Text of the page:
The top 3 dietary causes of obesity & diabetes

October 15, 2010 in Diabesity | View Comments

donutSo far in this series we’ve focused on a new way of understanding diabesity as an autoimmune, inflammatory disorder, and we’ve looked in a general way at the underlying mechanisms (inflammation, genetics, environmental triggers and leaky gut) that contribute to diabesity.

Now that we’ve laid that foundation, we’re going to take a closer look at some of those mechanisms. In this article, we’ll discuss the three major dietary toxins that trigger diabesity:

  • Cereal grains (especially refined flour)
  • Omega-6 industrial seed oils (corn, cottonseed, safflower, soybean, etc.)
  • Fructose (especially high-fructose corn syrup)

At the simplest level, a toxin is something capable of causing disease or damaging tissue when it enters the body. When most people hear the word “toxin”, they think of chemicals like pesticides, heavy metals or other industrial pollutants. But even beneficial nutrients like water, which are necessary to sustain life, are toxic at high doses.

In the Perfect Health Diet, Paul & Shou-Ching Jaminet apply the economic principle of declining marginal benefits to toxins:

It implies that the first bit eaten of any toxin has low toxicity. Each additional bit is slightly more toxic than the bit before. At higher doses, the toxicity of each bit continues to increase, so that the toxin is increasingly poisonous.

This is important to understand as we discuss the role of each of the dietary toxins listed above in contributing to diabesity. Most of you won’t develop diabesity by eating a small amount of fructose, cereal grains and even industrial seed oils. But if you eat those nutrients (or rather anti-nutrients) in excessive quantities, your risk of diabesity rises significantly. This is especially true if you have any of the genes that predispose you to diabetes and obesity.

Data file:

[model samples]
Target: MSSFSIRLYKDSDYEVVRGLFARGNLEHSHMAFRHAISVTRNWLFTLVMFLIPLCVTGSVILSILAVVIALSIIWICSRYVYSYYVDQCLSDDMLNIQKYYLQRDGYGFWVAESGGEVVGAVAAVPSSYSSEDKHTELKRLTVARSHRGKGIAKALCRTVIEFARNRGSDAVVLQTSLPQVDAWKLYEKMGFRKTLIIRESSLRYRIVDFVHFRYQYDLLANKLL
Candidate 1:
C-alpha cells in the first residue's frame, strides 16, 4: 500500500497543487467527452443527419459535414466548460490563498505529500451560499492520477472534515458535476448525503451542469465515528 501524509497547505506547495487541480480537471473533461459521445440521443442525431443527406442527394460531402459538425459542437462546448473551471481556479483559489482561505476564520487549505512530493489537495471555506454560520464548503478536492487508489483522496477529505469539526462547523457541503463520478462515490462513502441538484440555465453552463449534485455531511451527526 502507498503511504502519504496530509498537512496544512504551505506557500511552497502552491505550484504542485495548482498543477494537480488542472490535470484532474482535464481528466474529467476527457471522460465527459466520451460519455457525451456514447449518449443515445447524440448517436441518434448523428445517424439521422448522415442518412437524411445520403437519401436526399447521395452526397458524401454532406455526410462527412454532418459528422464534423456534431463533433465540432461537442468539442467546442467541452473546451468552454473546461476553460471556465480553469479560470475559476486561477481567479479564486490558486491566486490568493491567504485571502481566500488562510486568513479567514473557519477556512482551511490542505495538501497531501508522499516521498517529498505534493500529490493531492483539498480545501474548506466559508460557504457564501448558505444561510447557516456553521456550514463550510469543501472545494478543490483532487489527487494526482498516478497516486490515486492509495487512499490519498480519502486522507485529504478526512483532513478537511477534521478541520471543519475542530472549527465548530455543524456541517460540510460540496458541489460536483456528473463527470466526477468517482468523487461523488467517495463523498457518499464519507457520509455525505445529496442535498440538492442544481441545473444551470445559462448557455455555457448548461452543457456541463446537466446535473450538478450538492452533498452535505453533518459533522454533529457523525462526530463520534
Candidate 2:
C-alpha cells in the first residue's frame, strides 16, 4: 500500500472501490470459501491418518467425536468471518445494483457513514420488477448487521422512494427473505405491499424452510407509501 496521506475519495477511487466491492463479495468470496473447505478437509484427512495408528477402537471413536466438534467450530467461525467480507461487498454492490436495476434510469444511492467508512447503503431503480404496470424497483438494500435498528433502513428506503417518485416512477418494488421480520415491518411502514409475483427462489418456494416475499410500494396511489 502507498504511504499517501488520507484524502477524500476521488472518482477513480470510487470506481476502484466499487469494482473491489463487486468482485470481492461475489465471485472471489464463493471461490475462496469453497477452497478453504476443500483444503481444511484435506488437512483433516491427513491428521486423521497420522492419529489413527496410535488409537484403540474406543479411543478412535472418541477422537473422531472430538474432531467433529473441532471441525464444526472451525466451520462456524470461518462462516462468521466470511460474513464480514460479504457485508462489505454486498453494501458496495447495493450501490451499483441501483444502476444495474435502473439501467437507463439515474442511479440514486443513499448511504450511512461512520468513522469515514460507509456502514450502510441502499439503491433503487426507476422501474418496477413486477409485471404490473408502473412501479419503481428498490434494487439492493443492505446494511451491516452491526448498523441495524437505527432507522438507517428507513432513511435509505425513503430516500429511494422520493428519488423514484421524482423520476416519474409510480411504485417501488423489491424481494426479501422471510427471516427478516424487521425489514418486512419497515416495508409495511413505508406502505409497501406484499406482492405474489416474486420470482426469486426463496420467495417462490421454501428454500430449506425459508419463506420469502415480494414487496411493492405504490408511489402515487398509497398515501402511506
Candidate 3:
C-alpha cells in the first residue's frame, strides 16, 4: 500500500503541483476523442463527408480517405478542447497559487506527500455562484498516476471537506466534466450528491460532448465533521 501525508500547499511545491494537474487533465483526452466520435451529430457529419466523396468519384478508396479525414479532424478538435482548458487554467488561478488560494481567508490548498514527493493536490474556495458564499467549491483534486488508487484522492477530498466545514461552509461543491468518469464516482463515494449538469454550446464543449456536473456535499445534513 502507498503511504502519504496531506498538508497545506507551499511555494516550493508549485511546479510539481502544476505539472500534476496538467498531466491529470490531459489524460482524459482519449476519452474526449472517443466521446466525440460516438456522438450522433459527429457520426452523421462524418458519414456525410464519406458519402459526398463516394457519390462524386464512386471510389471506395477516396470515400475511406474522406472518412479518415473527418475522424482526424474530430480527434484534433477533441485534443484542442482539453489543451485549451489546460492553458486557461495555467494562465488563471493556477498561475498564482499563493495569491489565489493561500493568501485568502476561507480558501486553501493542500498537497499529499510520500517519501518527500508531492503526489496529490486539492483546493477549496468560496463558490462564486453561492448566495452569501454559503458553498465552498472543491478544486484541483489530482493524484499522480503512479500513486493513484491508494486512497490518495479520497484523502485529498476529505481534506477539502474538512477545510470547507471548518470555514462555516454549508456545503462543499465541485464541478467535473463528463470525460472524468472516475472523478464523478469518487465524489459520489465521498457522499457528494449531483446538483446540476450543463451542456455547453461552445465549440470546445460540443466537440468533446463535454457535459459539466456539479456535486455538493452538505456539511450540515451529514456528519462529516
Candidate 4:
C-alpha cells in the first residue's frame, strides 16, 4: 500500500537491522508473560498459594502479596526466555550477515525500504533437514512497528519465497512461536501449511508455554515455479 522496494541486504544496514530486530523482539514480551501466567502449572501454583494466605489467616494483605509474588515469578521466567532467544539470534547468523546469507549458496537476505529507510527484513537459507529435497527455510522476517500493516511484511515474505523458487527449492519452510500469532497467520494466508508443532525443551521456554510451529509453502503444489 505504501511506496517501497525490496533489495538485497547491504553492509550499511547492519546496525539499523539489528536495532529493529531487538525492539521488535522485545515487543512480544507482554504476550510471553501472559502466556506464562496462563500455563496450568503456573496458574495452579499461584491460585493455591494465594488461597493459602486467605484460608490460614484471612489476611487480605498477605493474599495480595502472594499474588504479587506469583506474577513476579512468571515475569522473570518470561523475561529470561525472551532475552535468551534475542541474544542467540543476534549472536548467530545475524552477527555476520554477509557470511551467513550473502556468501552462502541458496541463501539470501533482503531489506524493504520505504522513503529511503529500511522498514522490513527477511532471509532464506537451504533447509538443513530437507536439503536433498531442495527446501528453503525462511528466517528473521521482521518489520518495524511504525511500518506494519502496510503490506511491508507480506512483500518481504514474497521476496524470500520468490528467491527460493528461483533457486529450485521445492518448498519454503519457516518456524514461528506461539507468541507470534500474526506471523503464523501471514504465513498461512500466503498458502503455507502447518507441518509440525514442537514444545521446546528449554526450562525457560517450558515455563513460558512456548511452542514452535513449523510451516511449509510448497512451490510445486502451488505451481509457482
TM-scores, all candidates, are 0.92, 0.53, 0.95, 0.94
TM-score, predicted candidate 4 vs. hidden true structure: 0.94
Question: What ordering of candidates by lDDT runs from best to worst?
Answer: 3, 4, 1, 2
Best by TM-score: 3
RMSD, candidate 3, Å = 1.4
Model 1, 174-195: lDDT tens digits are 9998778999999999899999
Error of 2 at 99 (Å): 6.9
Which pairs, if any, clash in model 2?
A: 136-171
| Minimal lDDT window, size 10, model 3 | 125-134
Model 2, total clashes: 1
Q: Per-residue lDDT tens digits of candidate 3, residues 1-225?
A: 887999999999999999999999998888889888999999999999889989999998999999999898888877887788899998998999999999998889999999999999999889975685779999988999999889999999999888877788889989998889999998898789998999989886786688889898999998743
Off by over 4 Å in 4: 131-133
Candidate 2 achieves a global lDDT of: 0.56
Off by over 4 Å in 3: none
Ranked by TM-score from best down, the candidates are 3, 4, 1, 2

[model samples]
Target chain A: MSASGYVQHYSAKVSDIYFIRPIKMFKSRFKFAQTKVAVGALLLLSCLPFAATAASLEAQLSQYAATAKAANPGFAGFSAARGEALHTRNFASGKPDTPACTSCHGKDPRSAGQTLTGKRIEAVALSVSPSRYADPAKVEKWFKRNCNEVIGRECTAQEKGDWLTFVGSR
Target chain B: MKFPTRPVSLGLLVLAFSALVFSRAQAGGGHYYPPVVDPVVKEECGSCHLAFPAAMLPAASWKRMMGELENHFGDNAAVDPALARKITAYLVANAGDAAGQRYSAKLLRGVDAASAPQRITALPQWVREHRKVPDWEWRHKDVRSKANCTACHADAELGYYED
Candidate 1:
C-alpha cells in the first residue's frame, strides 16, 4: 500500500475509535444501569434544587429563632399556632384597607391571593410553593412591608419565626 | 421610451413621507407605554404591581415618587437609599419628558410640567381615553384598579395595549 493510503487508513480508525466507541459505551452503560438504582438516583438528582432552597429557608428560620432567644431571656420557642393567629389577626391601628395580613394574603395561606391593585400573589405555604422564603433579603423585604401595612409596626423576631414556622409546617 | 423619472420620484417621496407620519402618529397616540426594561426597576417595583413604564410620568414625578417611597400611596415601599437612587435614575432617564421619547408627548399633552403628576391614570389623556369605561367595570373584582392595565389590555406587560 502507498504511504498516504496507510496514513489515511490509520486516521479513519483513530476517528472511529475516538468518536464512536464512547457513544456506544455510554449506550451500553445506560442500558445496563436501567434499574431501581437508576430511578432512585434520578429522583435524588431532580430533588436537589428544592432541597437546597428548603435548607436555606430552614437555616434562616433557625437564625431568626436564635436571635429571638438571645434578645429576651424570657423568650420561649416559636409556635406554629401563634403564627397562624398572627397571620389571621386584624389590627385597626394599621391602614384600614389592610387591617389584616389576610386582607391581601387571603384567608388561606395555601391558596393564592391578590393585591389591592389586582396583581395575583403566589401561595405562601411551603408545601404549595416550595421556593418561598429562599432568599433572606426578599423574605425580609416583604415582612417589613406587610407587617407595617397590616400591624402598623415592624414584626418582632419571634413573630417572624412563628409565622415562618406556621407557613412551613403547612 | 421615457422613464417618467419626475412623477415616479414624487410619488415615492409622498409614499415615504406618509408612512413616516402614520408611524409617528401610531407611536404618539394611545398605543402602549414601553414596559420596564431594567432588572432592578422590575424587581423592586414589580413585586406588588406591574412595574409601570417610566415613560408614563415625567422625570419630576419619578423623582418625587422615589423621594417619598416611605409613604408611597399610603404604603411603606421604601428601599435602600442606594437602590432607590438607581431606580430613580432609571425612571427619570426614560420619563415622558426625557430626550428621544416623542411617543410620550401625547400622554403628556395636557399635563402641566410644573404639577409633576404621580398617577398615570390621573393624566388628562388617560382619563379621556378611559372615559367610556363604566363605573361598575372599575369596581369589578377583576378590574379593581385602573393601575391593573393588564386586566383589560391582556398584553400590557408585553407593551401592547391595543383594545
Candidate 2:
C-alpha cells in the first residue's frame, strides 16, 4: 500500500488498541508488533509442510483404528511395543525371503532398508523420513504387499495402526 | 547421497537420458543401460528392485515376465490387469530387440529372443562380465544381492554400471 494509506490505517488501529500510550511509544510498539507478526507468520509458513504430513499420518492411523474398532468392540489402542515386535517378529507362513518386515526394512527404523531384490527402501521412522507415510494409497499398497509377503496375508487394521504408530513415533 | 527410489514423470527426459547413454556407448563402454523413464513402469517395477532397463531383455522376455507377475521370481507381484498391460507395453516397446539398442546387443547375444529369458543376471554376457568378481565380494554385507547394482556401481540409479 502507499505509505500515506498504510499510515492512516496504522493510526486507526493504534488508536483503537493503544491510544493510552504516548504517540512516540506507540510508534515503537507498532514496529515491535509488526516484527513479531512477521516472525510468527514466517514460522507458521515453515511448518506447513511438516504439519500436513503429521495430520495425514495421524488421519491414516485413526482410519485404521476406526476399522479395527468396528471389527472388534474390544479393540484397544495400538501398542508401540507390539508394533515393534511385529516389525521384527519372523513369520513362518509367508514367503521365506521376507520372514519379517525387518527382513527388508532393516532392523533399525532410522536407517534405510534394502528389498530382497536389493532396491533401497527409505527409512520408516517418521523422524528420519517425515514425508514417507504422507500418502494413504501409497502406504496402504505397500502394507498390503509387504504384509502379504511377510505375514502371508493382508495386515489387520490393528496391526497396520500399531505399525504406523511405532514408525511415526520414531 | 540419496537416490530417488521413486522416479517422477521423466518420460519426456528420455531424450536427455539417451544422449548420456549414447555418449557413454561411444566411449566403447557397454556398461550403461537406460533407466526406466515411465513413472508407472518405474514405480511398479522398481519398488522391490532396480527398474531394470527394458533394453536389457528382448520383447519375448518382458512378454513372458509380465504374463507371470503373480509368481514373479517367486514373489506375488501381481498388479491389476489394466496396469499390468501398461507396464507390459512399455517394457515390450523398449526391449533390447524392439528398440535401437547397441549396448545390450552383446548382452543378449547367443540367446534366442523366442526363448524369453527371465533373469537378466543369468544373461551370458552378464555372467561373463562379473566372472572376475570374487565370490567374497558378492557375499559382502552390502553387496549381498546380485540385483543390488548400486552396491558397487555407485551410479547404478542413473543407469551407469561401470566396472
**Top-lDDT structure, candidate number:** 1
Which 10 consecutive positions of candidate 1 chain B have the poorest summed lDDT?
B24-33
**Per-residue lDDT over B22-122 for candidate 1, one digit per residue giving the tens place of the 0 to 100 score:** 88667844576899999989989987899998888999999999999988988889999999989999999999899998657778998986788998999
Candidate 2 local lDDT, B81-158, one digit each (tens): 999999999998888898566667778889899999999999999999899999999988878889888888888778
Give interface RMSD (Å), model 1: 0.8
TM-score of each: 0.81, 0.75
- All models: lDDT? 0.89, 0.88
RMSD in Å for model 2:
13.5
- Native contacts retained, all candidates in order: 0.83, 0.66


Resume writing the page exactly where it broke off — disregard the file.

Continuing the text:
The primary effect toxins have on the body – whether dietary or otherwise – is inflammation. And since we now know that diabesity is an autoimmune, inflammatory disease, it’s clear that anything that causes inflammation is a potential risk factor for both diabetes and obesity.

The impact of each of these dietary toxins could fill a book. And in fact, there are several such books and many other blogs that have covered this material in detail. Rather than re-create the wheel, I’m going to provide a brief summary and then link you to resources if you want more detail.

Cereal grains: the unhealthiest “health food” on the planet?

The major cereal grains – wheat, corn, rice, barley, sorghum, oats, rye and millet – have become the staple crops of the modern human diet. They’ve also become the “poster children” of the low-fat, high-carbohydrate diet promoted by organizations like the American Heart Association (AHA) and American Diabetes Association (ADA). If you say the phrase “whole grains” to most people, the first word that probably comes to their mind is “healthy”.

But the fact is that most animals, including our closest relative (the chimpanzee) aren’t adapted to eating cereal grains and don’t eat them in large quantities. And humans have only been eating them for the past 10,000 years (a tiny blip of time on the scale of evolution). Why?

Because plants like cereal grains are always competing against predators (like us) for survival. Unlike animals, plants can’t run away from us when we decide to eat them. They had to evolve other mechanisms for protecting themselves. These include:

  • producing toxins that damage the lining of the gut;
  • producing toxins that bind essential minerals, making them unavailable to the body; and,
  • producing toxins that inhibit digestion and absorption of other essential nutrients, including protein.